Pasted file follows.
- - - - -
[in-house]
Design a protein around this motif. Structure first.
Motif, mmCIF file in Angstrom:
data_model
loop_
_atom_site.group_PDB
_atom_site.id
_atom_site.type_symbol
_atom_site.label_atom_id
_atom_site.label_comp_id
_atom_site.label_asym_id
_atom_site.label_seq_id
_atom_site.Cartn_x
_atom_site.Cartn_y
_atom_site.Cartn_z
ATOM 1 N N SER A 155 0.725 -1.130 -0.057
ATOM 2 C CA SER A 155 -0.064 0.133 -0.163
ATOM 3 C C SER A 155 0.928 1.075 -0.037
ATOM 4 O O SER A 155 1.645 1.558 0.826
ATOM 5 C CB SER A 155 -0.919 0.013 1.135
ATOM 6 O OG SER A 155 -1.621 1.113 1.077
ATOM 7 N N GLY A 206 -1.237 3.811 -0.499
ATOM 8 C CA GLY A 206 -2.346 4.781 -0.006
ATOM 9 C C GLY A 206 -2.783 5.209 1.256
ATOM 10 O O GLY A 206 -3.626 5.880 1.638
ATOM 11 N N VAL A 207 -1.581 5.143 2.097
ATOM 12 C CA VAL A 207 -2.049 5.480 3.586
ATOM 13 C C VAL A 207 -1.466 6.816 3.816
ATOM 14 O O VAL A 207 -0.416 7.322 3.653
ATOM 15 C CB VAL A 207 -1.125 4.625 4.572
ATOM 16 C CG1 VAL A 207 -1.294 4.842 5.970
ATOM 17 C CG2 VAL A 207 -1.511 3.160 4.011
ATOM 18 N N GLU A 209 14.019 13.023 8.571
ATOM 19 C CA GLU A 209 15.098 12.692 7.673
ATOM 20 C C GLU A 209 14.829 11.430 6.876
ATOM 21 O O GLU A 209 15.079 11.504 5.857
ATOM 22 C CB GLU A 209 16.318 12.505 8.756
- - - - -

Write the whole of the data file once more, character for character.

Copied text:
[in-house]
Design a protein around this motif. Structure first.
Motif, mmCIF file in Angstrom:
data_model
loop_
_atom_site.group_PDB
_atom_site.id
_atom_site.type_symbol
_atom_site.label_atom_id
_atom_site.label_comp_id
_atom_site.label_asym_id
_atom_site.label_seq_id
_atom_site.Cartn_x
_atom_site.Cartn_y
_atom_site.Cartn_z
ATOM 1 N N SER A 155 0.725 -1.130 -0.057
ATOM 2 C CA SER A 155 -0.064 0.133 -0.163
ATOM 3 C C SER A 155 0.928 1.075 -0.037
ATOM 4 O O SER A 155 1.645 1.558 0.826
ATOM 5 C CB SER A 155 -0.919 0.013 1.135
ATOM 6 O OG SER A 155 -1.621 1.113 1.077
ATOM 7 N N GLY A 206 -1.237 3.811 -0.499
ATOM 8 C CA GLY A 206 -2.346 4.781 -0.006
ATOM 9 C C GLY A 206 -2.783 5.209 1.256
ATOM 10 O O GLY A 206 -3.626 5.880 1.638
ATOM 11 N N VAL A 207 -1.581 5.143 2.097
ATOM 12 C CA VAL A 207 -2.049 5.480 3.586
ATOM 13 C C VAL A 207 -1.466 6.816 3.816
ATOM 14 O O VAL A 207 -0.416 7.322 3.653
ATOM 15 C CB VAL A 207 -1.125 4.625 4.572
ATOM 16 C CG1 VAL A 207 -1.294 4.842 5.970
ATOM 17 C CG2 VAL A 207 -1.511 3.160 4.011
ATOM 18 N N GLU A 209 14.019 13.023 8.571
ATOM 19 C CA GLU A 209 15.098 12.692 7.673
ATOM 20 C C GLU A 209 14.829 11.430 6.876
ATOM 21 O O GLU A 209 15.079 11.504 5.857
ATOM 22 C CB GLU A 209 16.318 12.505 8.756